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I didn't expect a result of 1's:

ILArray<int> test = ILMath.ones<int>(20, 20);
test = test / 2;

I thought the result would be 0's. If ILNumerics uses the Intel IPP library then I believe 1's is the result the IPP library would return for integer division. If this is by design then I guess my best option would be to use something like this to get integer division results:

test = toint32(tosingle(test) / 2.0f);

Any comments? Questions? RTFM pointers? Eric

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1 Answer 1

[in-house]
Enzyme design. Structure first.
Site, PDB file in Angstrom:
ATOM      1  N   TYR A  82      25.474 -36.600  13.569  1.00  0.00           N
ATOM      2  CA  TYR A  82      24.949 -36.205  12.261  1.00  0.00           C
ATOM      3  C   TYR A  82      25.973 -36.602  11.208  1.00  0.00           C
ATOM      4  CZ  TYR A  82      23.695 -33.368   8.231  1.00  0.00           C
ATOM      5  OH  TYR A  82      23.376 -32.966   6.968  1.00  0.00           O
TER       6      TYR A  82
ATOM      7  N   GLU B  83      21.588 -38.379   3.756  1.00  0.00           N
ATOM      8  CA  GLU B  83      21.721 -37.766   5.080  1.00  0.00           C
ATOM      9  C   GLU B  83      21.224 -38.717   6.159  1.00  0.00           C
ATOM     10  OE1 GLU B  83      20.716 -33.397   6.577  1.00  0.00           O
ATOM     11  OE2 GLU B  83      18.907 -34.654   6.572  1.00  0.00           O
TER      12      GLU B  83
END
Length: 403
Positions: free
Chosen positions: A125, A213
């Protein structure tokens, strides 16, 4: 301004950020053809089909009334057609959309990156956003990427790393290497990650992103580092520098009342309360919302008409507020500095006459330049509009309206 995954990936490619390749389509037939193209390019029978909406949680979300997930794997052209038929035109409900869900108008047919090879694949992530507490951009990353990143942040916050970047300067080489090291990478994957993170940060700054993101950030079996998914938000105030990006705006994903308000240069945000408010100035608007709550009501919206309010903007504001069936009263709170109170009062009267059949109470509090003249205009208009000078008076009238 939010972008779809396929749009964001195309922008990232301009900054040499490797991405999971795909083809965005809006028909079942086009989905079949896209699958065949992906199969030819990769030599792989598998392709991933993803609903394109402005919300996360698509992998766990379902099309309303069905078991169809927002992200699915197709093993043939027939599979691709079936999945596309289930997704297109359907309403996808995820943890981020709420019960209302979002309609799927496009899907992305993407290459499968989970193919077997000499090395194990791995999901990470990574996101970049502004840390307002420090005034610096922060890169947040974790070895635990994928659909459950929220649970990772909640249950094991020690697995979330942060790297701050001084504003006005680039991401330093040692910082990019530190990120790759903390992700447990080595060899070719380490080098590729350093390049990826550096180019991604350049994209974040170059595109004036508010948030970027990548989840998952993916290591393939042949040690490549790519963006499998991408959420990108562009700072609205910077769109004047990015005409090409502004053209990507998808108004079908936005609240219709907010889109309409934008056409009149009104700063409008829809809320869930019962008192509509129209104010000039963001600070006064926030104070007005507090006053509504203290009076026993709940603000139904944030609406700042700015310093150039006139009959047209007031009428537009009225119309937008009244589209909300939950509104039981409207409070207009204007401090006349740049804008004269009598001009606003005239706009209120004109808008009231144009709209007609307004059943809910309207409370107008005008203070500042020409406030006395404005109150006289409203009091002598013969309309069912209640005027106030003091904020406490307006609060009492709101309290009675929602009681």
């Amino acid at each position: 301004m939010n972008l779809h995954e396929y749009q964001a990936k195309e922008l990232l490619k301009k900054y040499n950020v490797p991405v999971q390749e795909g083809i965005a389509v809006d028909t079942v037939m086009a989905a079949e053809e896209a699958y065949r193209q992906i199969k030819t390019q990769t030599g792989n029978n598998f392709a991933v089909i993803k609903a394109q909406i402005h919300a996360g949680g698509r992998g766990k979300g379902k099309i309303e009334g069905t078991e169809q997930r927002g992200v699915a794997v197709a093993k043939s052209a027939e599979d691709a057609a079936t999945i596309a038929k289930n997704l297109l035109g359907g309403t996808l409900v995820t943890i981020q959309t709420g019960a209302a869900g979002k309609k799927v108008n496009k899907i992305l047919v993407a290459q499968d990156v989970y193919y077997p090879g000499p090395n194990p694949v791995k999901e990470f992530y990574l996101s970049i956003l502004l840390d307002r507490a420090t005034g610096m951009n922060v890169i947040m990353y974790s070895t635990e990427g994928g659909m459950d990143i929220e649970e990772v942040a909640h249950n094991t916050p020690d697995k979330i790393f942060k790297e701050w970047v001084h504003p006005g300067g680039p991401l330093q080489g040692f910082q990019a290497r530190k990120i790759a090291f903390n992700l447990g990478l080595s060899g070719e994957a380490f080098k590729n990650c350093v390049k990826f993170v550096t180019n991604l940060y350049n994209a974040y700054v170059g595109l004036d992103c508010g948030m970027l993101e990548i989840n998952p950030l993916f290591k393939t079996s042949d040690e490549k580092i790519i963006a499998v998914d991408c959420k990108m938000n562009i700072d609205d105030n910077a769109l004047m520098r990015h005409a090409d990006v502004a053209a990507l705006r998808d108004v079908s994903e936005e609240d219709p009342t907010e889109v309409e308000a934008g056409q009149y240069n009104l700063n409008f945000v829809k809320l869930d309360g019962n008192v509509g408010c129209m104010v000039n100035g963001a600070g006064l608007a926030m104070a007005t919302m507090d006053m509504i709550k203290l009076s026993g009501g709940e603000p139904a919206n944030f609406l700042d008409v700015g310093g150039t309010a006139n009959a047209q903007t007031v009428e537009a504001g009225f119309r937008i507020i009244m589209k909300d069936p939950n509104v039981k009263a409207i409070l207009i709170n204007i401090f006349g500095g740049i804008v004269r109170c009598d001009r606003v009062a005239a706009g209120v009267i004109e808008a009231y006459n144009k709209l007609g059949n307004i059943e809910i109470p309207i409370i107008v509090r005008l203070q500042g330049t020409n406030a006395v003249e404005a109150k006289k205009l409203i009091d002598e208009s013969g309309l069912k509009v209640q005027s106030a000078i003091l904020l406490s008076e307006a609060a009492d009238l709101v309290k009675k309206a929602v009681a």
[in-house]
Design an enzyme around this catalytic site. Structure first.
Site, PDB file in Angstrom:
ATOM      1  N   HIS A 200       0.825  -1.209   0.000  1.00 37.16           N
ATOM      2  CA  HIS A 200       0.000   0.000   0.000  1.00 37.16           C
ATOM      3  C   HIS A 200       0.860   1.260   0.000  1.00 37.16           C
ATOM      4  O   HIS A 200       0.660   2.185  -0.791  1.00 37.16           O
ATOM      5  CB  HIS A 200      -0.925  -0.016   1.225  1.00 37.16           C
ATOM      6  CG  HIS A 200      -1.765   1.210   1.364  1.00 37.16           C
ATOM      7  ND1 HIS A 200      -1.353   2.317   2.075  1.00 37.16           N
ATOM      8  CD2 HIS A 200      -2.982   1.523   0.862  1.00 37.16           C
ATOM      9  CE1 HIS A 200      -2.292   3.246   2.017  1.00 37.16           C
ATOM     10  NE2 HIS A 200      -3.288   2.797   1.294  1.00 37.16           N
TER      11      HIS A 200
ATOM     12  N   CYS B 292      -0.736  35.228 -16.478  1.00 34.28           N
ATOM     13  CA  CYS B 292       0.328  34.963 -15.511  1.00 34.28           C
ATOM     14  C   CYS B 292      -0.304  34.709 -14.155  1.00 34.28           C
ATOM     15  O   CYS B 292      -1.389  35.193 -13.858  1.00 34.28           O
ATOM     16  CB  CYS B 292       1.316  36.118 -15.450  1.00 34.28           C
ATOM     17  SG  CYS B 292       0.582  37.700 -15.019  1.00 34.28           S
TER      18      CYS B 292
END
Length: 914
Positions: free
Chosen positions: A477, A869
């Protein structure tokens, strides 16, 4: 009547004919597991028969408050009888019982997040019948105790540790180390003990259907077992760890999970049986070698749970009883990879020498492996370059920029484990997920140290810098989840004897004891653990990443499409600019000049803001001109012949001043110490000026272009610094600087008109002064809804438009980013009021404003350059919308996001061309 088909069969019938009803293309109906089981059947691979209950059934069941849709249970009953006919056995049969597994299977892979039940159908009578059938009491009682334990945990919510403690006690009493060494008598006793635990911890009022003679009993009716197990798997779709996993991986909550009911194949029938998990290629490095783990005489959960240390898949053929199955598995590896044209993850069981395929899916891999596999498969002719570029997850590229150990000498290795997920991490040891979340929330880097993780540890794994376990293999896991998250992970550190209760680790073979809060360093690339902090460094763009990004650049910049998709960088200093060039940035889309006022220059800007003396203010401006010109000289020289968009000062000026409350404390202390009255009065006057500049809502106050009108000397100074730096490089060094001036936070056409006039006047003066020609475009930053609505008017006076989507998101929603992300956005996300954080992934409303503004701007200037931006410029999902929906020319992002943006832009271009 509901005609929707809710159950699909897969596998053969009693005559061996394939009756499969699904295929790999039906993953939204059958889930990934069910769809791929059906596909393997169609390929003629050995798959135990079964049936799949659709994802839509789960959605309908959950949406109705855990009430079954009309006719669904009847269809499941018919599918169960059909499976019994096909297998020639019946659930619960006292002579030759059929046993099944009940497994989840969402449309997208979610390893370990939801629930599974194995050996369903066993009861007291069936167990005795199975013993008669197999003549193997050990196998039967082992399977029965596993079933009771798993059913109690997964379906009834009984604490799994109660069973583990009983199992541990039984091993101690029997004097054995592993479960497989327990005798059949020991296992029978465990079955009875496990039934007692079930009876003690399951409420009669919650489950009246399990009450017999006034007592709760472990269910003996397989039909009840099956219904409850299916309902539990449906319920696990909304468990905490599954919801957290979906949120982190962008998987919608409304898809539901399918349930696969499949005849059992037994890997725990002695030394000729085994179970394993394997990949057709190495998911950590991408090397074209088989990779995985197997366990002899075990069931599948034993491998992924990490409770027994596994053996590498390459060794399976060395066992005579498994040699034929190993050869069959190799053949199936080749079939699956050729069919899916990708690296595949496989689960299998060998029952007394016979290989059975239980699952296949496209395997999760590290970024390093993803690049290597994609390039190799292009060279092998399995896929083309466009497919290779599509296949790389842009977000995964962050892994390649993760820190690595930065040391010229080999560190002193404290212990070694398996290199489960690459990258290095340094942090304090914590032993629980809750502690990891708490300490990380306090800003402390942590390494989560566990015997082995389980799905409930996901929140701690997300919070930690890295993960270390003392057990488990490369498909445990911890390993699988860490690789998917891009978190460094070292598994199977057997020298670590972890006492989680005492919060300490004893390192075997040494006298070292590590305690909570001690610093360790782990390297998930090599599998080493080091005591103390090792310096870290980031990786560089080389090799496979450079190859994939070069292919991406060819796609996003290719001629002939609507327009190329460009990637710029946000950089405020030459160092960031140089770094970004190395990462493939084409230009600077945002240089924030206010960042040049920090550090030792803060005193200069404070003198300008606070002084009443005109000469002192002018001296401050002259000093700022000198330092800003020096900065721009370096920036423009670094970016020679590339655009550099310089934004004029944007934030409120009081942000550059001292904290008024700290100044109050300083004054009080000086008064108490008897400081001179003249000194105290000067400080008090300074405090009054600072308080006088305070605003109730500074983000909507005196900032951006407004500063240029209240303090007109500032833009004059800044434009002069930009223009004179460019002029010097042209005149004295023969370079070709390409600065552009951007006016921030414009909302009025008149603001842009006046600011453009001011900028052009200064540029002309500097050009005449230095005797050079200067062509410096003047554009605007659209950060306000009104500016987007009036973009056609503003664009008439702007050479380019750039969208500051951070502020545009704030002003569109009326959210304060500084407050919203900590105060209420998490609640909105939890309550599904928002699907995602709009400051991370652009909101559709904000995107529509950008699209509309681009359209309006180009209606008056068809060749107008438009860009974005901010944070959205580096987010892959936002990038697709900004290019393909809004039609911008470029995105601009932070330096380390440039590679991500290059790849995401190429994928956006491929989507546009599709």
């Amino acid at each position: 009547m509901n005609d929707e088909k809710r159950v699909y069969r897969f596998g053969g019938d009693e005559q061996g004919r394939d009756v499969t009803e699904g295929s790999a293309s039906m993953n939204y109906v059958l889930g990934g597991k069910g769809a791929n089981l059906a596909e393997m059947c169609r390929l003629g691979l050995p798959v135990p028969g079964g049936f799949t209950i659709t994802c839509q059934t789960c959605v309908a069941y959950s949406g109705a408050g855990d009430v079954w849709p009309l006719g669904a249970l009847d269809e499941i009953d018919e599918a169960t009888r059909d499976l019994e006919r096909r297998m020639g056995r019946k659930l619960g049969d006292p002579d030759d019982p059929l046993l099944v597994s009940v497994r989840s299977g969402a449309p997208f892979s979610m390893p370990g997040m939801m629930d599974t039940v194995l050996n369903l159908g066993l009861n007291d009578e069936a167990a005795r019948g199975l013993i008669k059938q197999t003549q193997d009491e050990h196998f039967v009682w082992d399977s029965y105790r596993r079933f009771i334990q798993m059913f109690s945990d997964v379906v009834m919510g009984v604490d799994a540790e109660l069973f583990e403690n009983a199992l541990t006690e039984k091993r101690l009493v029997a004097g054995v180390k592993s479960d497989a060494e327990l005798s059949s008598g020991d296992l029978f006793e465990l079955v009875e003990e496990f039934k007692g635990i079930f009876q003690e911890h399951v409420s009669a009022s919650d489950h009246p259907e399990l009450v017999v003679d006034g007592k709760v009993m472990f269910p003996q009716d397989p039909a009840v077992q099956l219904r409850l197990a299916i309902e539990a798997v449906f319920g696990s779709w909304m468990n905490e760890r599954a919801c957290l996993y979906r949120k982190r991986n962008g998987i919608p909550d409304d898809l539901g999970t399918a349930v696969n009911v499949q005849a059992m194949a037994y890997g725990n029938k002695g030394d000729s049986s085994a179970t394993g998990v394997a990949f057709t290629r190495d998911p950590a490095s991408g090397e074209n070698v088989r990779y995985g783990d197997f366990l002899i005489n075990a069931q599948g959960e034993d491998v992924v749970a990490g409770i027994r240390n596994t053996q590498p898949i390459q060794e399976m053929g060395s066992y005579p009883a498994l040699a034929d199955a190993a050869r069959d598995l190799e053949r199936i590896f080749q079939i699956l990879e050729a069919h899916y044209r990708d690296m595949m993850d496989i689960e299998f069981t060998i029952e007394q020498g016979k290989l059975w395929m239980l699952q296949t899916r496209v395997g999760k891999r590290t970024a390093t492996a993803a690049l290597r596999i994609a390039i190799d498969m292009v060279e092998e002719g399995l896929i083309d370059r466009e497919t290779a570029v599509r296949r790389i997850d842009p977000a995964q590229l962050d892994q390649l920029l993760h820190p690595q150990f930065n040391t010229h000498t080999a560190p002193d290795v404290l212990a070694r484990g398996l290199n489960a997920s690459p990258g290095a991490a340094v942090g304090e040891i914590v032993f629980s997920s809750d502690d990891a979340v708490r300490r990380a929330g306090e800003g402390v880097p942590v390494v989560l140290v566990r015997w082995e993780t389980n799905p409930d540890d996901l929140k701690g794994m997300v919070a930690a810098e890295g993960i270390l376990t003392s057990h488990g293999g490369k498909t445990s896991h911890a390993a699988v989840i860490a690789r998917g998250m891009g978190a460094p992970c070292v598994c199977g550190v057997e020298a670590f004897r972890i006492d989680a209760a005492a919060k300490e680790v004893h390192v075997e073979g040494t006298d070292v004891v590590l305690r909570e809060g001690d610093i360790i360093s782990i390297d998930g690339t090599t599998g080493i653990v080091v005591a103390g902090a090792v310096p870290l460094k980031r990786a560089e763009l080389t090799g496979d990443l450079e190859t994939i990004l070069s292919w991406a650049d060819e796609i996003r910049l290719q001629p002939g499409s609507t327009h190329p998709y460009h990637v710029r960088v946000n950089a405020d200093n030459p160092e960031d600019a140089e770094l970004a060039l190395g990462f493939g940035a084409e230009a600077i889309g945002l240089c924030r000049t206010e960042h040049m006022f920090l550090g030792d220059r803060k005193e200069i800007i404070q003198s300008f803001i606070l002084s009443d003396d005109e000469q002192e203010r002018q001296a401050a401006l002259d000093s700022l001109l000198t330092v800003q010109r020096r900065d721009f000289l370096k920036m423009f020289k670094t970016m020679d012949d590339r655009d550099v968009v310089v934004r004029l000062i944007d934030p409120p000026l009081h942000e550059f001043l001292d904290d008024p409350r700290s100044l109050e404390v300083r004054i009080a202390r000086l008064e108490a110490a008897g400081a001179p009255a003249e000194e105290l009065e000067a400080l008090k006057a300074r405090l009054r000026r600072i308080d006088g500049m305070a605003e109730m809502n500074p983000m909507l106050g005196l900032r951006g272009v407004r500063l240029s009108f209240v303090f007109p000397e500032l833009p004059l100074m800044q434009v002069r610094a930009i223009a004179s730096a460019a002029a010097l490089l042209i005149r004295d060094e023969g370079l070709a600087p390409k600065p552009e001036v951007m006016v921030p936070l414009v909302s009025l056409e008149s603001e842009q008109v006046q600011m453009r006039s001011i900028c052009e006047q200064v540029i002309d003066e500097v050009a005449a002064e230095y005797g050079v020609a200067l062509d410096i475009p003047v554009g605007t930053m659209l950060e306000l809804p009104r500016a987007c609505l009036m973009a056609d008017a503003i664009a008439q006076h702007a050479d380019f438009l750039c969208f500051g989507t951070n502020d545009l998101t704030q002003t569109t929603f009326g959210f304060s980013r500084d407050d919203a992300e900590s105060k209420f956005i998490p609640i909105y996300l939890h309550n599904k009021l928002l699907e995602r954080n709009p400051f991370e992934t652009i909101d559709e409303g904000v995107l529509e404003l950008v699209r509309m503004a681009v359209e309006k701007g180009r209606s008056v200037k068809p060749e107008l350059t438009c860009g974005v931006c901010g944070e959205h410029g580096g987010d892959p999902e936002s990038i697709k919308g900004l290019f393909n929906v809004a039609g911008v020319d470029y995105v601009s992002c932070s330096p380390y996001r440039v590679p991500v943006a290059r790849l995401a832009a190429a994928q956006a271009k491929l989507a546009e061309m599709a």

ILNumerics sticks to the same integer division convention as Matlab (and apparently IPP?) does: it does not truncate the fractional part of the result but rounds it (away from zero at midpoint) and saturates it at the datatype boundaries.

Personally, I am not very happy with that - it grew out of early compatibility aspirations. While the saturation is good and conform to the intuition, the rounding obviously conflicts with the way .NET (and all major general purpose languages) handle integer division by simply truncating the fractional part. You can vote for a change in behavior here: http://ilnumerics.net/mantis/view.php?id=188

In order to get the 'C/.NET-Convention' results, you can use the ILMath.apply function as a replacement:

ILArray<int> a = 1, b = 2; 
ILArray<int> c = a / b; //gives 1
c = ILMath.apply((_a,_b) => _a / _b, a, b);  // gives 0
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